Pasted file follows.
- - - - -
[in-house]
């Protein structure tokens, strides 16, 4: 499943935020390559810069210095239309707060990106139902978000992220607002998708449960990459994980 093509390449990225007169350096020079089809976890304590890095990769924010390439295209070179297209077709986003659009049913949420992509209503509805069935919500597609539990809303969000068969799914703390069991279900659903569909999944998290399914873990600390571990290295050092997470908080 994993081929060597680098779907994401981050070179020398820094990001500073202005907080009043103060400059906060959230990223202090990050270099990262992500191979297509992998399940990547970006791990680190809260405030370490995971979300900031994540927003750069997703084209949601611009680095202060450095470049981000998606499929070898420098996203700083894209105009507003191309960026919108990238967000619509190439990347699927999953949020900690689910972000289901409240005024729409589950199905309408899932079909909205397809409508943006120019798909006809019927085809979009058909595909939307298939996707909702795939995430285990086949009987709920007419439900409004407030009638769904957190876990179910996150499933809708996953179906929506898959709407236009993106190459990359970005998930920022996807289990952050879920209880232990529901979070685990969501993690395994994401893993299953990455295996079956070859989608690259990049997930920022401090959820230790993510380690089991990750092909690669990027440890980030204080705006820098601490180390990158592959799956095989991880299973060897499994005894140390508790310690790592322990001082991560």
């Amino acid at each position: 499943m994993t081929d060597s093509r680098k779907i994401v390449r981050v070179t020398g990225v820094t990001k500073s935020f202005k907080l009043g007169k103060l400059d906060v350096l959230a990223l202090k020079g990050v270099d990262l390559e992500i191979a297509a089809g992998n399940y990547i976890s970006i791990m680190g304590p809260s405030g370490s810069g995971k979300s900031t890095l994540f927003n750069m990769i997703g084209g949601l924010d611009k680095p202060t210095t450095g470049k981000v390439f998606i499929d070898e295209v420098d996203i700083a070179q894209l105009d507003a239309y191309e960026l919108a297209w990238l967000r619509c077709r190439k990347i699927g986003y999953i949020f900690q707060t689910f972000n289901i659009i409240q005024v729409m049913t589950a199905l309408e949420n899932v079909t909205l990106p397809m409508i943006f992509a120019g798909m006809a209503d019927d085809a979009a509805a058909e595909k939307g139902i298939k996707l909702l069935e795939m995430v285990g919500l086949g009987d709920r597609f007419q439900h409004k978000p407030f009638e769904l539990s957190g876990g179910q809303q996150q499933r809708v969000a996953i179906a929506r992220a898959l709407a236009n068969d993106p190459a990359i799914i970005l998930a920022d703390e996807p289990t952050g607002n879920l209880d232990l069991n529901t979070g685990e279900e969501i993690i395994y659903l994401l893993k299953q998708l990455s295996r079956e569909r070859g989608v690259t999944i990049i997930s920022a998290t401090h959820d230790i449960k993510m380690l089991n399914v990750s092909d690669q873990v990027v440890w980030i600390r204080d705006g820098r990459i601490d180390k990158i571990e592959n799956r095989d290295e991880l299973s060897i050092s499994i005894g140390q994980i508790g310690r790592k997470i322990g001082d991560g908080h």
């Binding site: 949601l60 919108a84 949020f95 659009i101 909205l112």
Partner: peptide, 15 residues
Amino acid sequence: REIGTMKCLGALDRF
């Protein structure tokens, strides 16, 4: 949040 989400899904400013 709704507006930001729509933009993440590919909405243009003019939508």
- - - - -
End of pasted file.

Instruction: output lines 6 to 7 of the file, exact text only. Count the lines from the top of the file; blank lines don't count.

Amino acid sequence: REIGTMKCLGALDRF
């Protein structure tokens, strides 16, 4: 949040 989400899904400013 709704507006930001729509933009993440590919909405243009003019939508």